Continue reading the full Essay: http://goo.gl/M79aXP
[PDF]
Zachary Kopin completed an internship at the Naval History and Heritage Command in 2013, before entering his third year at American University.
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Other news from around the NHHC Museum Network:

MuseumLogo


War of 1812 news from Naval Station Great Lakes,

the Quarterdeck of the Navy.
From the Great lakes Naval Museum:
Great Lakes Naval Museum Hosts Exhibit on the War of 1812
In honor of the bicentennial of the War of 1812, the Great Lakes Naval Museum will be featuring an exhibit on the War of 1812. Included in this display are historic artifacts from the conflict that are on loan from the Naval History and Heritage Command, including pieces of the USS Niagara and USS Constitution and a sword belonging to the commander of the Constitution, Captain Isaac Hull. As an official department of the Navy Museum, the Great Lakes Naval Museum’s mission is to select, collect, preserve, and interpret the history of the United States Navy with particular emphasis on the Navy’s only “boot camp” at Naval Station Great Lakes. The Museum is located at the Naval Station by the Main Gate. Admission and parking are free.
Please call 847-688-3154 or e-mail glnm (at) navy.mil for more information about this event.
For additional information about the Great Lakes Naval Museum,
visit www.history.navy.mil/glnm …or
www.facebook.com/greatlakesnavalmuseum

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View the National Museum of the US Navy September events schedule.

RSD

 

 
Jul 5

John Paul Jones’s 266th Birthday

Friday, July 5, 2013 3:27 PM
jones_por

John Paul Jones, Father of the U.S. Navy
Born 6 July 1747

As an officer of the Continental Navy of the American Revolution, John Paul Jones, born July 6, 1747, helped establish the traditions of courage and professionalism that today’s Sailors of the United States Navy proudly maintain. John Paul was born in a humble gardener’s cottage in Kirkbean, Kirkcudbrightshire, Scotland, went to sea as a youth, and was a merchant shipmaster by the age of 21. Having taken up residence in Virginia, he volunteered early in the War of Independence to serve in his adopted country’s young navy and raised with his own hands the Continental ensign on board the flagship of the Navy’s first fleet. He took the war to the enemy’s homeland with daring raids along the British coast and the famous victory of the Bonhomme Richard over HMS Serapis. After the Bonhomme Richard began taking on water and fires broke out on board, the British commander asked Jones if he had struck his flag. Jones replied, “I have not yet begun to fight!” In the end, it was the British commander who surrendered.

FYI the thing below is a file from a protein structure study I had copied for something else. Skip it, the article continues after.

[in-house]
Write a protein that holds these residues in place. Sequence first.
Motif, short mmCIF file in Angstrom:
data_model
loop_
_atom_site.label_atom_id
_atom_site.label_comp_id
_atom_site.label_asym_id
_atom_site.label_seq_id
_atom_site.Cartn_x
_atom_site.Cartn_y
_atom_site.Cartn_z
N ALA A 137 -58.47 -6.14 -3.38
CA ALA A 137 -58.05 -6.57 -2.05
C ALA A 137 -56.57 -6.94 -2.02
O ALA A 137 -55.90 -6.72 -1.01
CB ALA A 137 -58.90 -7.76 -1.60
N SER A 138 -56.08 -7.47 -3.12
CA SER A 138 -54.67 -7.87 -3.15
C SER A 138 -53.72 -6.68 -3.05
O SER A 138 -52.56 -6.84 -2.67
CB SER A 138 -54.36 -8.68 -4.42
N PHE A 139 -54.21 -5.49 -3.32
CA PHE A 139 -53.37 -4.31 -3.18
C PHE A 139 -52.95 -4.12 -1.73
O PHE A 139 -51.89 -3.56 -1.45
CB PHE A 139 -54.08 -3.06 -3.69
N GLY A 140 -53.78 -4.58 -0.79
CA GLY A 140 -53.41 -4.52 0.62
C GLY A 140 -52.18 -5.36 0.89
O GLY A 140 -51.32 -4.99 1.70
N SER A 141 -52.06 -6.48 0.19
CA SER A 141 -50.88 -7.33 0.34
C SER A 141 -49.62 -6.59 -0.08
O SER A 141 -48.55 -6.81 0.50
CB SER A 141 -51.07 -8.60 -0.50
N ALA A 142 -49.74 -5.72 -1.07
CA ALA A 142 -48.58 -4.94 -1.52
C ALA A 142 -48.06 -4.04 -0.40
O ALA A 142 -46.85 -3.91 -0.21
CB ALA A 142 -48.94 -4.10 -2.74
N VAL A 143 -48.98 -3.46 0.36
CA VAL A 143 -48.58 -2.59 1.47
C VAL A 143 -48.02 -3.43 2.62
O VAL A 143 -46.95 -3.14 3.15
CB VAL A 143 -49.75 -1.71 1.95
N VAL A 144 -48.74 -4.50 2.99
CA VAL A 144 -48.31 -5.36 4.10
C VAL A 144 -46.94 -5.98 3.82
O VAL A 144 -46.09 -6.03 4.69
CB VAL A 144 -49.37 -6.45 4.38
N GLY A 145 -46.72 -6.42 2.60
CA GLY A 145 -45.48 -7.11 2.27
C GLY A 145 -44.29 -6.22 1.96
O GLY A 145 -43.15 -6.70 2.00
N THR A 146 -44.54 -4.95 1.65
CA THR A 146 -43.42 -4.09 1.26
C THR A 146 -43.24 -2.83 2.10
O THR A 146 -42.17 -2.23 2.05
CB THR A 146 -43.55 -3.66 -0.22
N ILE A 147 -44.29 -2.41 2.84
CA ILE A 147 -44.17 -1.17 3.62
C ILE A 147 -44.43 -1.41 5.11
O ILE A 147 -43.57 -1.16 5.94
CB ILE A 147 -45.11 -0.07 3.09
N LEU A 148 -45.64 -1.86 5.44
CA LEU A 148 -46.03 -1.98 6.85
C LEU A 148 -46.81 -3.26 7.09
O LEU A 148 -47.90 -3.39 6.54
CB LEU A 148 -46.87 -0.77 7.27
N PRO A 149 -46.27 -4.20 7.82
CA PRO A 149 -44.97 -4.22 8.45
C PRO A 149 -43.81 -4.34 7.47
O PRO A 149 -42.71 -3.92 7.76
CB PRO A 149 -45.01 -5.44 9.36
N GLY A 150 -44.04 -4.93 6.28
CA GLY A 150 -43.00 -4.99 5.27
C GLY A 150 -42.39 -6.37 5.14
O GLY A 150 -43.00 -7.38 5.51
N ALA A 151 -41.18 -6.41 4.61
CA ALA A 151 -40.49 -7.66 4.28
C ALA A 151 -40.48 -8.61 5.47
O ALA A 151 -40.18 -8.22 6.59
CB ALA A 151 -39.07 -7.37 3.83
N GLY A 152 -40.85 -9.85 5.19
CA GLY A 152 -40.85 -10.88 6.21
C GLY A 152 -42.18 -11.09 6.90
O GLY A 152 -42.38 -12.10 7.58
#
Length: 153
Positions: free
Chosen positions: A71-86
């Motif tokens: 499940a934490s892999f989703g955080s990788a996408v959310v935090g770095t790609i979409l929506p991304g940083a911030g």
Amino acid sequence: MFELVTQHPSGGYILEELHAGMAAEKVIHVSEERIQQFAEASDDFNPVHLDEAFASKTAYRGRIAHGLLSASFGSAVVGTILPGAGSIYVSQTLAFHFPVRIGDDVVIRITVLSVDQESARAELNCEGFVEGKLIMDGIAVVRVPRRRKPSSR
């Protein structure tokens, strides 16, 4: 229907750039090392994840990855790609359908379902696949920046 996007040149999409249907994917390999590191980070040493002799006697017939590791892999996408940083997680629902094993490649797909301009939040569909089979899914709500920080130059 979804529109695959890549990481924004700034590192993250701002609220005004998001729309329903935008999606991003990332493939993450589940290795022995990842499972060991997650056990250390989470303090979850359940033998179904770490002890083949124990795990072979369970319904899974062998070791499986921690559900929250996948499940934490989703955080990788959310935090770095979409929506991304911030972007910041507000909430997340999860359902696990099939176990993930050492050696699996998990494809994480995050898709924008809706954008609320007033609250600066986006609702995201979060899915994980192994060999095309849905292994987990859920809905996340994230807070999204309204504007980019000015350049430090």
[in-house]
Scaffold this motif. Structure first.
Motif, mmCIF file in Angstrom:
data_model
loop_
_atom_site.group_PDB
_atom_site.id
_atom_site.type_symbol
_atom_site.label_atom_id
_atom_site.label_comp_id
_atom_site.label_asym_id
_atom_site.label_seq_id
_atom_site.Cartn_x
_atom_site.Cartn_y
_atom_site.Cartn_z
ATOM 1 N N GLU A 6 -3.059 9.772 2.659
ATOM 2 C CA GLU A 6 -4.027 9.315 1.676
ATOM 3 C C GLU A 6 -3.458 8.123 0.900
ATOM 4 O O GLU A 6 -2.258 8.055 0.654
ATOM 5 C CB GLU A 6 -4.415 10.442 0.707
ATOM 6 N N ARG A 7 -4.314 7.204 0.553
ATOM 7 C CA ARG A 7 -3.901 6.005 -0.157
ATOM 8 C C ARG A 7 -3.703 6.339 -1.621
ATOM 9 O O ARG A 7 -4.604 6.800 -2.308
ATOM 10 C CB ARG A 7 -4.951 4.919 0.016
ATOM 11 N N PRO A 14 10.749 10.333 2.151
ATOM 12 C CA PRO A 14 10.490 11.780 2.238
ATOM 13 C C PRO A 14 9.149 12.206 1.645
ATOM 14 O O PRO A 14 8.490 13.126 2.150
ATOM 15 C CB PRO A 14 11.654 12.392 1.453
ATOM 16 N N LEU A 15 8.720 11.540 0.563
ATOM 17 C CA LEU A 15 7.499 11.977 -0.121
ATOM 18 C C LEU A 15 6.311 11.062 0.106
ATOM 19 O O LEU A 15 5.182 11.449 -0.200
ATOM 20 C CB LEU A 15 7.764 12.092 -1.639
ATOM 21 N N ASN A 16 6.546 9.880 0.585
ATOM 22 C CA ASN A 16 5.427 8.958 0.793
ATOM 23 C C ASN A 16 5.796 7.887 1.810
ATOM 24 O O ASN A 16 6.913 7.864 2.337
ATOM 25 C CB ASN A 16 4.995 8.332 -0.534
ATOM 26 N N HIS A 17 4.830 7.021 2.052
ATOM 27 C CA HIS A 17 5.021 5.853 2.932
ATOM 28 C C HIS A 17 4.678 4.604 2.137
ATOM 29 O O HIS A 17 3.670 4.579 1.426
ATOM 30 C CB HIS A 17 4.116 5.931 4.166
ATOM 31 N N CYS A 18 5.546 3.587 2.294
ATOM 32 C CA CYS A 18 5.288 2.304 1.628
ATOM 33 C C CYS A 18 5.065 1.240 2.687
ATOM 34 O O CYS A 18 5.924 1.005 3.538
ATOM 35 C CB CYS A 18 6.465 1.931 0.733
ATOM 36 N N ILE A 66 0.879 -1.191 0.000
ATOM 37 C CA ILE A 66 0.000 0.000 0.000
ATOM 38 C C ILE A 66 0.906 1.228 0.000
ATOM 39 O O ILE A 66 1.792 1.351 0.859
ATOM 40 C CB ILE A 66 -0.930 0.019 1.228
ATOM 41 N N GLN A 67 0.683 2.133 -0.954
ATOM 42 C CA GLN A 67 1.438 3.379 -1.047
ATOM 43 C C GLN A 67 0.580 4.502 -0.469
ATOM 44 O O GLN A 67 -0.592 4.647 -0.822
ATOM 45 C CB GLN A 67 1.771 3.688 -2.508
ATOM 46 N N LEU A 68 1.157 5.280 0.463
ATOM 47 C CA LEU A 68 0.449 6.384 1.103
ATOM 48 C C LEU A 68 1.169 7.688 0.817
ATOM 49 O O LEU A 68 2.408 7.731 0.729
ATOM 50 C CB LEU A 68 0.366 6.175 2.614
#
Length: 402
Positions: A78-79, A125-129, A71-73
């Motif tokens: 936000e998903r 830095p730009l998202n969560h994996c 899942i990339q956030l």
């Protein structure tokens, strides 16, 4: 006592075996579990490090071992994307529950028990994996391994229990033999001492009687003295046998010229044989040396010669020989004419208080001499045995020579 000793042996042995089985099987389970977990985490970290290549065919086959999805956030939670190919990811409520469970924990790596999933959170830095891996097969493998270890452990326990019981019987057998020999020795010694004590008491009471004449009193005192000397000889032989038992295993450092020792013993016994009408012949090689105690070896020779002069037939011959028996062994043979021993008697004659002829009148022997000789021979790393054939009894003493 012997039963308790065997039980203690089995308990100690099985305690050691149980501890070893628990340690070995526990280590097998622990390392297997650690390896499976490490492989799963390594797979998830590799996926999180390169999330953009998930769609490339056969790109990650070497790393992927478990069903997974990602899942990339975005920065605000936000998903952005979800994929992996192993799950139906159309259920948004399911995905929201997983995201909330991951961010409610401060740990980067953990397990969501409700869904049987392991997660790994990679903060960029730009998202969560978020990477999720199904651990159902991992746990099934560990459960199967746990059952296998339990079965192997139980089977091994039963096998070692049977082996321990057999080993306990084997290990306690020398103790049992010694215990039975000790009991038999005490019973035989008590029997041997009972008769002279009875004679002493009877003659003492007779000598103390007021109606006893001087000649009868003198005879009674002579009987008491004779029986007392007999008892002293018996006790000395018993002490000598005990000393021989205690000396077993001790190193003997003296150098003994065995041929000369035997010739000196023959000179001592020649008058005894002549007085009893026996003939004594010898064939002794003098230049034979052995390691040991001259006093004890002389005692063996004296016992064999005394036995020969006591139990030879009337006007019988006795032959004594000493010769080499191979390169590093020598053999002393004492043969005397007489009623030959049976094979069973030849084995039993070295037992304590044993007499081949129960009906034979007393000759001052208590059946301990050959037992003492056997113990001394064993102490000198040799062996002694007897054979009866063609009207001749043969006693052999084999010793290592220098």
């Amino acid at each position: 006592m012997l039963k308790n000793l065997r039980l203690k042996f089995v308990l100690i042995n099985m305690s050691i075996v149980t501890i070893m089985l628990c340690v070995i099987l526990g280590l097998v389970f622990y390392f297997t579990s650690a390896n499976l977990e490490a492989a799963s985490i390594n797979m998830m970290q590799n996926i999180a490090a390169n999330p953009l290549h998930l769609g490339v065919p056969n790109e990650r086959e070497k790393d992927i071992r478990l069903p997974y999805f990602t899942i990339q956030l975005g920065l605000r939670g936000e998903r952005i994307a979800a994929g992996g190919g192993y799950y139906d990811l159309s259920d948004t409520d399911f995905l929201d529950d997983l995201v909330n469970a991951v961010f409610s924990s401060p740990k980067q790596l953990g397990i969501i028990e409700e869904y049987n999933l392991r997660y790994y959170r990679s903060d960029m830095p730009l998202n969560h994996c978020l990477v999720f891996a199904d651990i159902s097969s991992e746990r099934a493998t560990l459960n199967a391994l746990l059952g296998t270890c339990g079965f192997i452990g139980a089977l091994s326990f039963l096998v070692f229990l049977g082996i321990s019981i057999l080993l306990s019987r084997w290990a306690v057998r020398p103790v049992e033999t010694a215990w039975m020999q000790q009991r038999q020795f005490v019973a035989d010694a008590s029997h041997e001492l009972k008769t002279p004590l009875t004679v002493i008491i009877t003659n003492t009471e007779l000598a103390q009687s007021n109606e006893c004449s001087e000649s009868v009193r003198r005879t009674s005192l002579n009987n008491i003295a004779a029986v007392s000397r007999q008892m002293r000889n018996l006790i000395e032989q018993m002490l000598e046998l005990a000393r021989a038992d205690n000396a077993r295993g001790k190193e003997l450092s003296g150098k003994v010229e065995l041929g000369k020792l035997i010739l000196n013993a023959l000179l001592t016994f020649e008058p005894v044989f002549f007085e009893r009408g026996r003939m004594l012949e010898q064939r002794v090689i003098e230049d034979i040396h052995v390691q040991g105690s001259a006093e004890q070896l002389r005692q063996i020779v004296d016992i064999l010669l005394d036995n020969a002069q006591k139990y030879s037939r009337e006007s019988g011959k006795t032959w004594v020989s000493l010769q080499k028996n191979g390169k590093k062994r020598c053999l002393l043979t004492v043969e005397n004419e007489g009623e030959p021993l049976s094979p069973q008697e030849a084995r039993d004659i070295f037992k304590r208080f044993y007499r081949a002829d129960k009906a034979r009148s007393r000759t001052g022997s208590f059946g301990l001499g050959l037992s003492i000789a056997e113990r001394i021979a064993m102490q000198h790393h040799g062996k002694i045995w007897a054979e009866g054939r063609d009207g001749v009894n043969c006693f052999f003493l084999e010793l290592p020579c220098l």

Jones is remembered for his indomitable will and his unwillingness to consider surrender when the slightest hope of victory still burned. Throughout his naval career, Jones promoted professional standards and training. Sailors of the United States Navy can do no better than to emulate the spirit behind John Paul Jones’s stirring declaration: “I wish to have no connection with any ship that does not sail fast for I intend to go in harm’s way.”